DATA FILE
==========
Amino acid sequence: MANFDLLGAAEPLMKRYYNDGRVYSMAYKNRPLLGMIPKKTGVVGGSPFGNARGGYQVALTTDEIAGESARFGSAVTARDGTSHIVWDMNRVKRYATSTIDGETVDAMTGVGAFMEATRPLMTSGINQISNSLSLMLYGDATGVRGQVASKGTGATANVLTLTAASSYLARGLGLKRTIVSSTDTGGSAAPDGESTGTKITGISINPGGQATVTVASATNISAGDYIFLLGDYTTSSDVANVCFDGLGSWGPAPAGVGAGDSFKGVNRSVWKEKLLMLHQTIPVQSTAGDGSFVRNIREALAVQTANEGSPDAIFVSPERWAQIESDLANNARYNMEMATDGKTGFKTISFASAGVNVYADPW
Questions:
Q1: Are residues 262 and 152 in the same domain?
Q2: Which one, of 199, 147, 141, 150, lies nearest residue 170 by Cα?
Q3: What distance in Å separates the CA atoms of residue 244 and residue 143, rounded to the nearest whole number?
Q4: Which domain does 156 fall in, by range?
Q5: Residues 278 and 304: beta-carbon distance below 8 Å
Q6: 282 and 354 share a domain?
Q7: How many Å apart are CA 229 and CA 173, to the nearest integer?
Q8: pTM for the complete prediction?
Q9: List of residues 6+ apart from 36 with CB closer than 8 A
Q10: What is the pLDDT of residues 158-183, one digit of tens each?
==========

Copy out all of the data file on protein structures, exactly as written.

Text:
Amino acid sequence: MANFDLLGAAEPLMKRYYNDGRVYSMAYKNRPLLGMIPKKTGVVGGSPFGNARGGYQVALTTDEIAGESARFGSAVTARDGTSHIVWDMNRVKRYATSTIDGETVDAMTGVGAFMEATRPLMTSGINQISNSLSLMLYGDATGVRGQVASKGTGATANVLTLTAASSYLARGLGLKRTIVSSTDTGGSAAPDGESTGTKITGISINPGGQATVTVASATNISAGDYIFLLGDYTTSSDVANVCFDGLGSWGPAPAGVGAGDSFKGVNRSVWKEKLLMLHQTIPVQSTAGDGSFVRNIREALAVQTANEGSPDAIFVSPERWAQIESDLANNARYNMEMATDGKTGFKTISFASAGVNVYADPW
Questions:
Q1: Are residues 262 and 152 in the same domain?
Q2: Which one, of 199, 147, 141, 150, lies nearest residue 170 by Cα?
Q3: What distance in Å separates the CA atoms of residue 244 and residue 143, rounded to the nearest whole number?
Q4: Which domain does 156 fall in, by range?
Q5: Residues 278 and 304: beta-carbon distance below 8 Å
Q6: 282 and 354 share a domain?
Q7: How many Å apart are CA 229 and CA 173, to the nearest integer?
Q8: pTM for the complete prediction?
Q9: List of residues 6+ apart from 36 with CB closer than 8 A
Q10: What is the pLDDT of residues 158-183, one digit of tens each?